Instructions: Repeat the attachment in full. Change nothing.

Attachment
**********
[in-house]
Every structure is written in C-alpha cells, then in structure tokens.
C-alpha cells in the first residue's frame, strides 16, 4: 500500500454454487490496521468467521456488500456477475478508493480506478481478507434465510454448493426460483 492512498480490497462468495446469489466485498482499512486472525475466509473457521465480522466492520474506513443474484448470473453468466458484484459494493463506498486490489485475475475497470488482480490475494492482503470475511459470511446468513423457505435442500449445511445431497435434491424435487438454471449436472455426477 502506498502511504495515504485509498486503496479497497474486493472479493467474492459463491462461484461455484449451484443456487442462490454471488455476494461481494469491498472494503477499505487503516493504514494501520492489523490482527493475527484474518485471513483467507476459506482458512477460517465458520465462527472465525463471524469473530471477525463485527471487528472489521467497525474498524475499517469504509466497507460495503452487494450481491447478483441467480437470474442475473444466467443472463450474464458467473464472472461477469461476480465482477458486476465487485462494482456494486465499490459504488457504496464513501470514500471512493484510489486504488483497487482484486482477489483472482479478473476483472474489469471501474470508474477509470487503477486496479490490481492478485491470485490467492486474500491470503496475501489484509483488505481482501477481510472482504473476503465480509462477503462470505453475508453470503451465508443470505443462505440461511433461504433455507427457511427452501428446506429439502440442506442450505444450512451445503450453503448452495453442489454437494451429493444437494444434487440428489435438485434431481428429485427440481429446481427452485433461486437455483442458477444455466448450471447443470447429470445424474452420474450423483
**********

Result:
[in-house]
Every structure is written in C-alpha cells, then in structure tokens.
C-alpha cells in the first residue's frame, strides 16, 4: 500500500454454487490496521468467521456488500456477475478508493480506478481478507434465510454448493426460483 492512498480490497462468495446469489466485498482499512486472525475466509473457521465480522466492520474506513443474484448470473453468466458484484459494493463506498486490489485475475475497470488482480490475494492482503470475511459470511446468513423457505435442500449445511445431497435434491424435487438454471449436472455426477 502506498502511504495515504485509498486503496479497497474486493472479493467474492459463491462461484461455484449451484443456487442462490454471488455476494461481494469491498472494503477499505487503516493504514494501520492489523490482527493475527484474518485471513483467507476459506482458512477460517465458520465462527472465525463471524469473530471477525463485527471487528472489521467497525474498524475499517469504509466497507460495503452487494450481491447478483441467480437470474442475473444466467443472463450474464458467473464472472461477469461476480465482477458486476465487485462494482456494486465499490459504488457504496464513501470514500471512493484510489486504488483497487482484486482477489483472482479478473476483472474489469471501474470508474477509470487503477486496479490490481492478485491470485490467492486474500491470503496475501489484509483488505481482501477481510472482504473476503465480509462477503462470505453475508453470503451465508443470505443462505440461511433461504433455507427457511427452501428446506429439502440442506442450505444450512451445503450453503448452495453442489454437494451429493444437494444434487440428489435438485434431481428429485427440481429446481427452485433461486437455483442458477444455466448450471447443470447429470445424474452420474450423483